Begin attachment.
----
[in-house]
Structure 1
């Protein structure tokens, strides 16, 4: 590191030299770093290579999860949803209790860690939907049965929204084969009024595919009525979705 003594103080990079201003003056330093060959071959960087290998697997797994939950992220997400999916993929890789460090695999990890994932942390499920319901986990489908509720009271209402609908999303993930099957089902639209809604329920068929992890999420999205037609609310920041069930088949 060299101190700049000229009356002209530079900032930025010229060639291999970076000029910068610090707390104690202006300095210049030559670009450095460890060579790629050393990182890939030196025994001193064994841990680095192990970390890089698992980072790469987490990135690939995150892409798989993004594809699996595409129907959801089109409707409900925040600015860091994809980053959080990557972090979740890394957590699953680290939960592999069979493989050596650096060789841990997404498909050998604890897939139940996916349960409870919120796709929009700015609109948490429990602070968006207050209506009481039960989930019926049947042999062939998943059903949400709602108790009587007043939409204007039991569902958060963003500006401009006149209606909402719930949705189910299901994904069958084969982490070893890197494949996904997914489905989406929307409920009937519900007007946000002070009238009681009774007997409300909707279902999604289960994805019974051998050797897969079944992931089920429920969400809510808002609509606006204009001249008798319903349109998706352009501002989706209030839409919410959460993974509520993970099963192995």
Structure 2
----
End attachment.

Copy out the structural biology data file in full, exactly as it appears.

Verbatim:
[in-house]
Structure 1
């Protein structure tokens, strides 16, 4: 590191030299770093290579999860949803209790860690939907049965929204084969009024595919009525979705 003594103080990079201003003056330093060959071959960087290998697997797994939950992220997400999916993929890789460090695999990890994932942390499920319901986990489908509720009271209402609908999303993930099957089902639209809604329920068929992890999420999205037609609310920041069930088949 060299101190700049000229009356002209530079900032930025010229060639291999970076000029910068610090707390104690202006300095210049030559670009450095460890060579790629050393990182890939030196025994001193064994841990680095192990970390890089698992980072790469987490990135690939995150892409798989993004594809699996595409129907959801089109409707409900925040600015860091994809980053959080990557972090979740890394957590699953680290939960592999069979493989050596650096060789841990997404498909050998604890897939139940996916349960409870919120796709929009700015609109948490429990602070968006207050209506009481039960989930019926049947042999062939998943059903949400709602108790009587007043939409204007039991569902958060963003500006401009006149209606909402719930949705189910299901994904069958084969982490070893890197494949996904997914489905989406929307409920009937519900007007946000002070009238009681009774007997409300909707279902999604289960994805019974051998050797897969079944992931089920429920969400809510808002609509606006204009001249008798319903349109998706352009501002989706209030839409919410959460993974509520993970099963192995």
Structure 2